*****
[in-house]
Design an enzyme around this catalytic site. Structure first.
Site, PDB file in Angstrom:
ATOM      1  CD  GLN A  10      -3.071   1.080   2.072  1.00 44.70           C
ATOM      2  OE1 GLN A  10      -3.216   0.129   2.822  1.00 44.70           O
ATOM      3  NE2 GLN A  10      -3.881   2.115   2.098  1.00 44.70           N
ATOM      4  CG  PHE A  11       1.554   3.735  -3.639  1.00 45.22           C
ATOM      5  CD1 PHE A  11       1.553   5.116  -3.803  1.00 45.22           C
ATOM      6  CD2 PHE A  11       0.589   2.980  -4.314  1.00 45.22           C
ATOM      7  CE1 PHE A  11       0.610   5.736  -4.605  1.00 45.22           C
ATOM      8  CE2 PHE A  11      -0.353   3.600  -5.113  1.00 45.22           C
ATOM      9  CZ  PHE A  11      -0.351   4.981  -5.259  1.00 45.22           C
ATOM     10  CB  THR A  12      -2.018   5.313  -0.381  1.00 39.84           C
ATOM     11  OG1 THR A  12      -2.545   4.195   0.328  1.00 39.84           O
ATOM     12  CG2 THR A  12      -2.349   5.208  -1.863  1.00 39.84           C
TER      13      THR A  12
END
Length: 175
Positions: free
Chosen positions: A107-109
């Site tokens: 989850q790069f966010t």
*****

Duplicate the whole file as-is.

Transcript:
[in-house]
Design an enzyme around this catalytic site. Structure first.
Site, PDB file in Angstrom:
ATOM      1  CD  GLN A  10      -3.071   1.080   2.072  1.00 44.70           C
ATOM      2  OE1 GLN A  10      -3.216   0.129   2.822  1.00 44.70           O
ATOM      3  NE2 GLN A  10      -3.881   2.115   2.098  1.00 44.70           N
ATOM      4  CG  PHE A  11       1.554   3.735  -3.639  1.00 45.22           C
ATOM      5  CD1 PHE A  11       1.553   5.116  -3.803  1.00 45.22           C
ATOM      6  CD2 PHE A  11       0.589   2.980  -4.314  1.00 45.22           C
ATOM      7  CE1 PHE A  11       0.610   5.736  -4.605  1.00 45.22           C
ATOM      8  CE2 PHE A  11      -0.353   3.600  -5.113  1.00 45.22           C
ATOM      9  CZ  PHE A  11      -0.351   4.981  -5.259  1.00 45.22           C
ATOM     10  CB  THR A  12      -2.018   5.313  -0.381  1.00 39.84           C
ATOM     11  OG1 THR A  12      -2.545   4.195   0.328  1.00 39.84           O
ATOM     12  CG2 THR A  12      -2.349   5.208  -1.863  1.00 39.84           C
TER      13      THR A  12
END
Length: 175
Positions: free
Chosen positions: A107-109
């Site tokens: 989850q790069f966010t």